British don’t understand why we don’t understand the royal family

Twelve hundred years of monarchy embeds itself in the national psyche

Buckingham Palace in London. Photograph: Rob Pinney/Getty Images

Buckingham Palace in London. Photograph: Rob Pinney/Getty Images

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There was an moment in Prince Harry and Meghan Markle’s interview with Oprah Winfrey that stretched credulity. Markle told Winfrey that she didn’t Google Harry before dating him, that she hadn’t done any research into his family and that she essentially hadn’t realised what she was getting herself into.

Doesn’t everyone Google each other these days? Perhaps it is a generational thing, but conducting no inquiries into the stratospherically famous family you will eventually marry into seems rather strange.

Perhaps what she meant was that no amount of research into her prospective husband could prepare a non-British outsider for the adjustments required to enter the UK royal family; that its inner workings will always be alien and unknowable to someone who did not grow up with it in their consciousness; that monarchy is a strange concept to anyone born in a republic; and that what she experienced was a profound culture shock.

It comes as little surprise that the monarchy may be rife with racism: that simply confirms all your suspicions

In the wake of the couple’s interview a cultural chasm has revealed itself. On one side it has become patently obvious that many in Britain vastly overestimate the extent to which others understand (or care to understand) the peculiarities of the royal family. On the other side, plenty in Ireland and the United States have demonstrated an inability to understand the appeal and relevance of the monarchy to British citizens.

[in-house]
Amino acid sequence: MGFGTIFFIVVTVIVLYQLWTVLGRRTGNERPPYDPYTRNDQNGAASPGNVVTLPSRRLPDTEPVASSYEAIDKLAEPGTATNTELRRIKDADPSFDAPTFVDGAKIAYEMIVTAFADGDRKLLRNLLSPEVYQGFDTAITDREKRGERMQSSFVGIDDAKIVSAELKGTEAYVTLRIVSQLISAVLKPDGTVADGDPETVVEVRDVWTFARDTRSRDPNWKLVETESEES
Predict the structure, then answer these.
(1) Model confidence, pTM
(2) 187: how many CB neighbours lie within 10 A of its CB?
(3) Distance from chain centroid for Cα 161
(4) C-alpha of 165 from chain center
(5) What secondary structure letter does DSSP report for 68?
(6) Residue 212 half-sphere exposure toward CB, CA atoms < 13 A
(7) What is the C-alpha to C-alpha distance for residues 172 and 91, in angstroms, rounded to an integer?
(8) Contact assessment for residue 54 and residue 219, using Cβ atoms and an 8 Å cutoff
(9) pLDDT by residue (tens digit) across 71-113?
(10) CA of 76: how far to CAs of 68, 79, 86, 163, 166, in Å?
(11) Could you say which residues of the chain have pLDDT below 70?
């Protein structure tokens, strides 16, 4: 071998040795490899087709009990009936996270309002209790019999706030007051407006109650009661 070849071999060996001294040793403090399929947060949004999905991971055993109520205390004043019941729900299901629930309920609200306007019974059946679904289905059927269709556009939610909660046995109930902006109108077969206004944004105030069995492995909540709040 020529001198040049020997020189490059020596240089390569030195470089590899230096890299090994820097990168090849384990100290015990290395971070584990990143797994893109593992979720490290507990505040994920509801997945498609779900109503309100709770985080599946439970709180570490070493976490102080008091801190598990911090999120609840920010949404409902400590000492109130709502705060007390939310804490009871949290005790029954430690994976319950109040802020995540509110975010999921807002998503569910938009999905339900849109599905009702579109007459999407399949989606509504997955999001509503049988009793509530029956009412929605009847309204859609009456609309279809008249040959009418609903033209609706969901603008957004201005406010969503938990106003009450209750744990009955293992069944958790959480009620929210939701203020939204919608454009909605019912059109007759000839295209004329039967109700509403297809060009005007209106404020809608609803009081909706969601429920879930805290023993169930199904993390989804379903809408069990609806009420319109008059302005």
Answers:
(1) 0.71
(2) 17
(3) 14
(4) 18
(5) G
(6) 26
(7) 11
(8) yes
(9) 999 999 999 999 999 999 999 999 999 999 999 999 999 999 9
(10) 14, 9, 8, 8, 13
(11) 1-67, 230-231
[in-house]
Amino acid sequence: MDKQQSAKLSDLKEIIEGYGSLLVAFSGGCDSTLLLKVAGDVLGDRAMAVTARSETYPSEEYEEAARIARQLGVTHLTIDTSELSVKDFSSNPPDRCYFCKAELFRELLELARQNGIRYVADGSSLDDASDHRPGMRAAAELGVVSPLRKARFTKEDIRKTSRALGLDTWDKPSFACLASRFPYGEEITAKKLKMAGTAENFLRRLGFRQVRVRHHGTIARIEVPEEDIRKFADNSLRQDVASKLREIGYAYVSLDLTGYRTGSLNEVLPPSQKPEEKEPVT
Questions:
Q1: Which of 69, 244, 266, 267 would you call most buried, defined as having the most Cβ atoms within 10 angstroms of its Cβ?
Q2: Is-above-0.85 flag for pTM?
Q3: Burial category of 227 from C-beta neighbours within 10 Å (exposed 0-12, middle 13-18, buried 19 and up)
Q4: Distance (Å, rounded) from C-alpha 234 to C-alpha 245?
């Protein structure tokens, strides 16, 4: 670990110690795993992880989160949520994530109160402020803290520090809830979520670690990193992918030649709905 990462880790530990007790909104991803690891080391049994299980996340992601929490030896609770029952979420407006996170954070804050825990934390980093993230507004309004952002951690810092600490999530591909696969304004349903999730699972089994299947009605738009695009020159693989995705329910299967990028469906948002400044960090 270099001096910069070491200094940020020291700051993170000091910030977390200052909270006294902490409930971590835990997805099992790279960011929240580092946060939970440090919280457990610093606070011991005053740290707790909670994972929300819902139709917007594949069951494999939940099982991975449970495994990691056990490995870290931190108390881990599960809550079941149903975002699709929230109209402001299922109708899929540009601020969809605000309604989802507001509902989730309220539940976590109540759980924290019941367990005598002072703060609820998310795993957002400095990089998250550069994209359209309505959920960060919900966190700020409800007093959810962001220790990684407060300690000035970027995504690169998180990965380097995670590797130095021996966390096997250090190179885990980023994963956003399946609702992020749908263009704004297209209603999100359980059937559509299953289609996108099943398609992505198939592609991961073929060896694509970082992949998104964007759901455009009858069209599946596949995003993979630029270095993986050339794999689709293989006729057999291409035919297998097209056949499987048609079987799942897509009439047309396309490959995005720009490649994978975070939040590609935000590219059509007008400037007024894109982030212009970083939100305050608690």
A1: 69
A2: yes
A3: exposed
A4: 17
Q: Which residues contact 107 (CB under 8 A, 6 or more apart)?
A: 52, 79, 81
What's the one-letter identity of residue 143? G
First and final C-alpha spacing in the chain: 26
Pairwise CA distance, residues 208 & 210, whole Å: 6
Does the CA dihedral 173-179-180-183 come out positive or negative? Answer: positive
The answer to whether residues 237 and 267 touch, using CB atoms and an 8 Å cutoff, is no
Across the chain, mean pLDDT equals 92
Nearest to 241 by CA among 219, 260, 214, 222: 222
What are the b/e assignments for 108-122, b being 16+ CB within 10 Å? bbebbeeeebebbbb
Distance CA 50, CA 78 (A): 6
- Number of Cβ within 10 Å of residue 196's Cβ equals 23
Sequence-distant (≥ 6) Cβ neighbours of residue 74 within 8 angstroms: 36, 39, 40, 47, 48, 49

When Markle admitted she did not realise that she would have to curtsey before Queen Elizabeth, even in private, she generated a few raised eyebrows among British talking heads. Shouldn’t she have known? Isn’t it her responsibility to understand the level of reverence the queen receives? Maybe.

But the problem with this response is in its failure to understand that elsewhere in the world most people would have greeted the admission with similar bemusement: who knew you had to curtsey before the queen, even in private?

Quirks of monarchy

And this typifies the problem. The quirks of monarchy are not common knowledge across the world, despite what many in Britain might erroneously believe. If you come from a republican political culture of course a royal family and its traditions seem strange, archaic and outdated, a homage to classism and waning imperial grandeur.

Of course it comes as little surprise that it may be rife with racism: that simply confirms all your suspicions. The crown’s renown and role in British soft power is perhaps correctly estimated by people in the UK. But they have neglected to realise that the crown’s inner workings and values, as well as the nature of its appeal to the British people, are foreign.